Tuesday Sessions

Here are NEAGC’s sessions for Tuesday, May 25th. All times are Eastern.

Use the RSVP links for the sessions you’d like to attend if:
1) You were registered for the 2020 conference, or
2) You work at the same institution with someone who registered in 2020, or
3) You work at an institution that’s registered for the 2021 conference. (Your institution can register here.)

You must use your personal work email address to be approved and checked in. Note that recordings for all sessions will be available after the conference. Do not register for more than one session scheduled at the same time. You’ll receive an email confirmation with joining instructions for each session.

And don’t forget to sign up for our bonus sponsor demo sessions on Wednesday and Thursday, May 26-27.


9:00-9:45 a.m.

Creating Your Giving Day in a Small Shop
Stacey Scherer Cole, Alvernia University
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Creating a giving day can seem daunting when you’re a team of one, or even two. We’ll walk through how to develop a new giving day or elevate an existing day with a small team by utilizing other staff members, departments and volunteers.

Social Advertising for Annual Giving that WORKS!
Stephanie Rasamny, MainSpring Media Communications, Inc.
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Impressions, reach, traffic, engagements, retweets, InMail, Gmail promos, retargets, keyword targets, pixels and tags – social media advertising can feel a bit like opening Pandora’s box for an annual giving shop tasked to raise immediate donors and dollars. In this session, we’ll discuss social media advertising that will work for you. Together we’ll review case studies of annual giving ad campaigns and how they generated results. You will leave the session with valuable takeaways to create successful, cost-effective ad campaigns for your institution!

The Rise and (Pit)Falls of Incentives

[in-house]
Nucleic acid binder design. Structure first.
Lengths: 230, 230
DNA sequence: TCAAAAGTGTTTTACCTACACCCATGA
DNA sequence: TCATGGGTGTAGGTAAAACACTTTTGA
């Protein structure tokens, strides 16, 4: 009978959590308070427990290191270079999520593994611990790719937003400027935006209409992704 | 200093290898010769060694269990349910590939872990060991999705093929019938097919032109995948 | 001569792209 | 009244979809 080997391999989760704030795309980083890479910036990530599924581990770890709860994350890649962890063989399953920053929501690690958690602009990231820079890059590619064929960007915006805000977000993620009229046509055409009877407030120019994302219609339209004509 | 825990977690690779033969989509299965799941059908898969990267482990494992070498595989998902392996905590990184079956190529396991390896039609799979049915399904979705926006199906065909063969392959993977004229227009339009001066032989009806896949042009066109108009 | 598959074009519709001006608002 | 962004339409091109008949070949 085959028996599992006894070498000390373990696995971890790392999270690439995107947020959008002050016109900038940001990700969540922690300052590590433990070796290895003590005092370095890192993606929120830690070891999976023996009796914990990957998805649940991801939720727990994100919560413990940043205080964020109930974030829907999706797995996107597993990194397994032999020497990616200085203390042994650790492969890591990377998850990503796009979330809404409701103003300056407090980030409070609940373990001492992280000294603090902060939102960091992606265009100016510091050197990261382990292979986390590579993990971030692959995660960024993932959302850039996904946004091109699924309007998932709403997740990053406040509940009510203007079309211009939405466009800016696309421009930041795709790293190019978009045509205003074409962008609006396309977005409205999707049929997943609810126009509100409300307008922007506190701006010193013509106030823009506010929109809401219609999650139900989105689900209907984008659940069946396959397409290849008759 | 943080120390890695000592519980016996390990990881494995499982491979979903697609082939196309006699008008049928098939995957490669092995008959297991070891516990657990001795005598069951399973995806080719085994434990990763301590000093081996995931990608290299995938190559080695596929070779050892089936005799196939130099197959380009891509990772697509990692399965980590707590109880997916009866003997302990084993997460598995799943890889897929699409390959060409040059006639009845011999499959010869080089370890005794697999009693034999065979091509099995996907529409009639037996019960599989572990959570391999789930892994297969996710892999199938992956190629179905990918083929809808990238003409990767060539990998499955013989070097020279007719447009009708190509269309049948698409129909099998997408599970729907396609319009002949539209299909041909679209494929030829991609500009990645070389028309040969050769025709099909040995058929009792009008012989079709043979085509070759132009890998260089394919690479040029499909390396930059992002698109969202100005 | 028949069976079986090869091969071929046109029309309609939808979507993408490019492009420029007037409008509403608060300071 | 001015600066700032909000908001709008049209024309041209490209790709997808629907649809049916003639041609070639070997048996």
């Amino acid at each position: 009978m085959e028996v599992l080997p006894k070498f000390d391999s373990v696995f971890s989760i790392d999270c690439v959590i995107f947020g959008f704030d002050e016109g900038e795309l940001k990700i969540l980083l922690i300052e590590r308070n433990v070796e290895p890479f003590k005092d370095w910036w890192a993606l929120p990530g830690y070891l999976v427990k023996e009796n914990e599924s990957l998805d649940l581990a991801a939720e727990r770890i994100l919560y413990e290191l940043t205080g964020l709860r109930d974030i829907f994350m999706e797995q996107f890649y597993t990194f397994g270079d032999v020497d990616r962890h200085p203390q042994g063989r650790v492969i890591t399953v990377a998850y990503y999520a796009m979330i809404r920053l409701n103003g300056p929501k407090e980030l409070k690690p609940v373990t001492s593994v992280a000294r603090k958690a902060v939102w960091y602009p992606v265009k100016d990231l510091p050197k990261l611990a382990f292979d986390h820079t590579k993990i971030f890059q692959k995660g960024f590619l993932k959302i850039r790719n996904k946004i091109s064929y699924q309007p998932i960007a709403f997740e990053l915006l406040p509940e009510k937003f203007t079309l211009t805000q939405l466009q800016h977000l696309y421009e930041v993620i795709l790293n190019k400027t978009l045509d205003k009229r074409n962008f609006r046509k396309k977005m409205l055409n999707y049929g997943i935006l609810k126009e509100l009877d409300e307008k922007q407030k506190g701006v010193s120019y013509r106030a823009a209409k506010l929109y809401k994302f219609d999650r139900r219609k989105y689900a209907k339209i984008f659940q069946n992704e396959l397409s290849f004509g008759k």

Colin Hennessy and Megan Rajski, University of Chicago, Julie Knight, University of Miami
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The use of “give a gift, get a gift” has been used world-wide to attract donors. Through acquisition, renewal or re-hooking the long lapsed, these tools are often talked about in small circles. Whether it be socks, a calendar, PJ pants or a re-usable straw – these carrots have a point of activation for our donors who are both philanthropic in nature and those who perhaps like rewards for that behavior. But when is the best time to use them? What are some potential wins and risks in offering them to your donor base? How do you fulfill those and how successful are they YOY? This panel of development professionals who have used them in varying degrees want to share their secrets and experience – and hear yours! – in this facilitated discussion.

Balancing Engagement and Giving to Build a Culture of Philanthropy
Meg Peake, George School and Elizabeth Schwartz, George School
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What do you do when your culture of affinity does not match your culture of giving? How do you stay focused on the long-term goal of cultural shift while making the necessary incremental adjustments to get there? In this session, we will share the challenges, changes, and cultural shifts occurring at George School in our quest to increase alumni engagement and giving in the long term.


10:00-10:45 a.m.

Increasing Young Alumni Participation
Meghana Nene Golden, The Lawrenceville School
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This session will highlight various strategies surrounding Young Alumni communication, technology tools and events, which help increase annual giving participation for this critical constituency.

Direct Mail Recipes – Add Spice to All Your Channels
Christina Brandel, CFRE, Marketing Communication Resource, Inc.
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Stuck in an appeal rut? Want to spice things up but can’t seem to find the right recipe that pulls in all your favorite channels? Join in a conversation about how to use your favorite “ingredients” to spice up all your appeals.

Video Engagement Examples to Inspire (and Steal!)
JD Beebe, ThankView
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Video content is far and away the best way to reach your donors and build a culture of philanthropy. But where do you start when implementing video into your communications? Join ThankView CEO JD Beebe as he explores how video is being harnessed by institutions across the country to tell better stories, make acknowledgments more meaningful, and retain more donors. Learn from what’s worked and find what will work for you with actionable next steps to supercharge your donor engagement.